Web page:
If you’re tackling a job search, writing a book, or running a marathon, you can use this same technique to get a handle on the task. Take 30 minutes with a piece of paper to brainstorm all the things you need to get done. So, using “tackling a job search” as an illustration, your to-do list might include: refresh your LinkedIn, update your résumé, assemble a portfolio, make a list of companies, set up coffee chats, etc.
For each of these items, see if you can subdivide them further. Are any of the tasks reliant on other people? Do you have to answer any questions before you move forward? Note these dependencies as distinct assignments so your progress isn’t curtailed by them.
Set up habits to get your brain in the groove
Research shows that our brains get overwhelmed when they have to make too many decisions. While we may not feel tired, over the course of the day it becomes more difficult to parse information and make important choices.
For example, scientists Shai Danziger, Jonathan Levav, and Liora Avnaim-Pesso analyzed thousands of judicial rulings and discovered that as the day wore on, judges were less likely to rule in favor of a prisoner’s parole request. Imagine one of your coworkers corners you with a request as you’re on your way to lunch; how engaged do you feel when you’re hangry?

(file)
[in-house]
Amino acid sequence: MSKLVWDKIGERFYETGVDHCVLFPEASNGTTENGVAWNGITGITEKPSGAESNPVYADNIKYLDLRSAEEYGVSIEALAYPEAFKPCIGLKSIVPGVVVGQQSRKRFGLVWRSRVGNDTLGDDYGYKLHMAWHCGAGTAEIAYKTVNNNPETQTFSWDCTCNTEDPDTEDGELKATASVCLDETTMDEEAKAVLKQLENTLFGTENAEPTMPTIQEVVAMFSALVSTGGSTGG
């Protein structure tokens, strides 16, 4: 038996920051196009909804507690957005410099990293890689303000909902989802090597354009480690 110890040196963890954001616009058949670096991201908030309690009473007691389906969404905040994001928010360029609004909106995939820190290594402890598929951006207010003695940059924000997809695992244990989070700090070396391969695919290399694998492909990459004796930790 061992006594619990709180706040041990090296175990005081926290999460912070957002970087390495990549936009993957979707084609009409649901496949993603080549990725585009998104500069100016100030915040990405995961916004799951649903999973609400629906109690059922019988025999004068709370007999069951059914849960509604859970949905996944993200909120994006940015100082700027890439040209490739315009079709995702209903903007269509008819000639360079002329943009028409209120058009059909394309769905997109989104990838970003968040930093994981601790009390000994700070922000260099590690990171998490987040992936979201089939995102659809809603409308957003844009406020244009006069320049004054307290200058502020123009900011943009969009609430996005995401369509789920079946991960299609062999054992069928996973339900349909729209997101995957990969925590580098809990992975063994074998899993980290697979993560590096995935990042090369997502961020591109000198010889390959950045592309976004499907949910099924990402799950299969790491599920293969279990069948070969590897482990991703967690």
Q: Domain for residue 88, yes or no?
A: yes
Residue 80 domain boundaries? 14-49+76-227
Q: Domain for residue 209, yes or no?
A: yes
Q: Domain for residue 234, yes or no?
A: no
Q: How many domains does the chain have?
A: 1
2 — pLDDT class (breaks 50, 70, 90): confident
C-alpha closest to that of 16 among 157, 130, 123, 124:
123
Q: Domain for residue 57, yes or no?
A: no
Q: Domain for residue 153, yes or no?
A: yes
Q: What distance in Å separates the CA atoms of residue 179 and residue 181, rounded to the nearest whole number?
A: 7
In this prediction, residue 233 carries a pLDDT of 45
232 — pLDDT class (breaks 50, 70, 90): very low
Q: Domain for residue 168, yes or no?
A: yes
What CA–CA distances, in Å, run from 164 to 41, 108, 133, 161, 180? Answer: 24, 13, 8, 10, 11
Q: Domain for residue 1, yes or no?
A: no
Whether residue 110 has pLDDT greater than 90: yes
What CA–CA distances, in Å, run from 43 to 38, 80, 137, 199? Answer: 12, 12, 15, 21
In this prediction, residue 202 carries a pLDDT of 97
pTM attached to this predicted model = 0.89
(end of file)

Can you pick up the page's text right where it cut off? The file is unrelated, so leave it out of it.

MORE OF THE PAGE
You may not be making choices that impact others’ lives directly, but decision fatigue can make it difficult to get down to business when we’re thinking about where to work and what to tackle. To get out of your own way, set up a routine that eliminates extraneous choices. Take ten minutes at the end of each day to plan your to-do list. When you choose your tasks, don’t overload yourself with big, meaty ones. Mix it up with one big task, three medium tasks, and five small tasks.
Creating the right conditions for work is like training your brain. If you’re struggling to get to the gym, put your clothes out by the door the night before, make yourself a to-go breakfast, and set your alarm so you just have time to get up and go. Leave too much time before departure and you may talk yourself out of the gym altogether.
Take the decisions out of your workspace by controlling for variables ahead of time. If you can’t work with a messy desk, clean it off the night before. Need quiet in an open space? Get noise-canceling headphones or relocate to a private space.